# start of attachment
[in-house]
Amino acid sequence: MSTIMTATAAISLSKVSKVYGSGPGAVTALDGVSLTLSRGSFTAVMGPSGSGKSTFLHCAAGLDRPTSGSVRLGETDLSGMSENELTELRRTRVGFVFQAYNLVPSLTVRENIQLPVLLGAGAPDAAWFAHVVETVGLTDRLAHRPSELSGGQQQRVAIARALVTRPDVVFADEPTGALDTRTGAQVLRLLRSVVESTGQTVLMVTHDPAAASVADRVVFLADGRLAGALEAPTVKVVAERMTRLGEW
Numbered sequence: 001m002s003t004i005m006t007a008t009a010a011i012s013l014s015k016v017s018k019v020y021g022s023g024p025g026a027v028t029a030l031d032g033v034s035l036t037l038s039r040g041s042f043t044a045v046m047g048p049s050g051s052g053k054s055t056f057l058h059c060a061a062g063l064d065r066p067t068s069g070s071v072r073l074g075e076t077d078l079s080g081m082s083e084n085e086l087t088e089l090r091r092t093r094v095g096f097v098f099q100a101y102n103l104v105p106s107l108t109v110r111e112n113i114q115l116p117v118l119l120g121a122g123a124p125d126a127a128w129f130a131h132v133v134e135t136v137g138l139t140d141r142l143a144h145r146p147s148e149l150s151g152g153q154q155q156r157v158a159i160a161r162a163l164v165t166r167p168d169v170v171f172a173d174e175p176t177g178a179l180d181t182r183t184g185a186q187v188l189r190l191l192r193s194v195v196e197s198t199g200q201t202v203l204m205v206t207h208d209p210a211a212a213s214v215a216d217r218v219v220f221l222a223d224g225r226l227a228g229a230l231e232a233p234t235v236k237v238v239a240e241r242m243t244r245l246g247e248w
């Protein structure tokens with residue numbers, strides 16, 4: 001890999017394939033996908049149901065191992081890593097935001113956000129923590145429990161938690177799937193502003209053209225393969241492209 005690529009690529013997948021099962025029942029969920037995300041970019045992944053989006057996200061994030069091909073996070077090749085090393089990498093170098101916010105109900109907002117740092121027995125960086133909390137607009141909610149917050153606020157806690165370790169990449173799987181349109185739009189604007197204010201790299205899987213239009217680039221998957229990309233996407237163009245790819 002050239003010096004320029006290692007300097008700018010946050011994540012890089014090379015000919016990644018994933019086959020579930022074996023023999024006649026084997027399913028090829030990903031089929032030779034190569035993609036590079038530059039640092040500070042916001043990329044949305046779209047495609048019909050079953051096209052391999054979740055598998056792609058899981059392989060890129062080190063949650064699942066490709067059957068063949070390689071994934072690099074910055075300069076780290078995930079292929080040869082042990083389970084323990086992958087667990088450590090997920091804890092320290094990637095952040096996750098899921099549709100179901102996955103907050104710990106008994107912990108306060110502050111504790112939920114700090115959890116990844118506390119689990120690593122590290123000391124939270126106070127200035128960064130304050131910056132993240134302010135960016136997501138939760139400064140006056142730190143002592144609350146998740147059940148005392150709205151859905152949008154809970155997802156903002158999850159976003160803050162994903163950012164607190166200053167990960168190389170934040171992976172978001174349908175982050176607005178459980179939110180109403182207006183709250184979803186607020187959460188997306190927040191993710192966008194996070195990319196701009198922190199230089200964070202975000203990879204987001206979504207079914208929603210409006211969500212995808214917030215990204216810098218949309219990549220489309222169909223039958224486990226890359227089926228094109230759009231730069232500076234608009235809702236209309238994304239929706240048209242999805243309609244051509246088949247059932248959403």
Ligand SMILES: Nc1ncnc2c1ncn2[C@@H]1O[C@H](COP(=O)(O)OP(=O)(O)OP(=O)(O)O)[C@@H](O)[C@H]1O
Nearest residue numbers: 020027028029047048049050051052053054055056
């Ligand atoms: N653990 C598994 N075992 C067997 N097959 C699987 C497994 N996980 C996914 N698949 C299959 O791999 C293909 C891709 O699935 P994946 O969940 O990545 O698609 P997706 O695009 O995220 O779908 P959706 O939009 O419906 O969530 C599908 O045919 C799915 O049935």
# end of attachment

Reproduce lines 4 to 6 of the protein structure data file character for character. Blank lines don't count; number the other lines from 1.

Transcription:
């Protein structure tokens with residue numbers, strides 16, 4: 001890999017394939033996908049149901065191992081890593097935001113956000129923590145429990161938690177799937193502003209053209225393969241492209 005690529009690529013997948021099962025029942029969920037995300041970019045992944053989006057996200061994030069091909073996070077090749085090393089990498093170098101916010105109900109907002117740092121027995125960086133909390137607009141909610149917050153606020157806690165370790169990449173799987181349109185739009189604007197204010201790299205899987213239009217680039221998957229990309233996407237163009245790819 002050239003010096004320029006290692007300097008700018010946050011994540012890089014090379015000919016990644018994933019086959020579930022074996023023999024006649026084997027399913028090829030990903031089929032030779034190569035993609036590079038530059039640092040500070042916001043990329044949305046779209047495609048019909050079953051096209052391999054979740055598998056792609058899981059392989060890129062080190063949650064699942066490709067059957068063949070390689071994934072690099074910055075300069076780290078995930079292929080040869082042990083389970084323990086992958087667990088450590090997920091804890092320290094990637095952040096996750098899921099549709100179901102996955103907050104710990106008994107912990108306060110502050111504790112939920114700090115959890116990844118506390119689990120690593122590290123000391124939270126106070127200035128960064130304050131910056132993240134302010135960016136997501138939760139400064140006056142730190143002592144609350146998740147059940148005392150709205151859905152949008154809970155997802156903002158999850159976003160803050162994903163950012164607190166200053167990960168190389170934040171992976172978001174349908175982050176607005178459980179939110180109403182207006183709250184979803186607020187959460188997306190927040191993710192966008194996070195990319196701009198922190199230089200964070202975000203990879204987001206979504207079914208929603210409006211969500212995808214917030215990204216810098218949309219990549220489309222169909223039958224486990226890359227089926228094109230759009231730069232500076234608009235809702236209309238994304239929706240048209242999805243309609244051509246088949247059932248959403």
Ligand SMILES: Nc1ncnc2c1ncn2[C@@H]1O[C@H](COP(=O)(O)OP(=O)(O)OP(=O)(O)O)[C@@H](O)[C@H]1O
Nearest residue numbers: 020027028029047048049050051052053054055056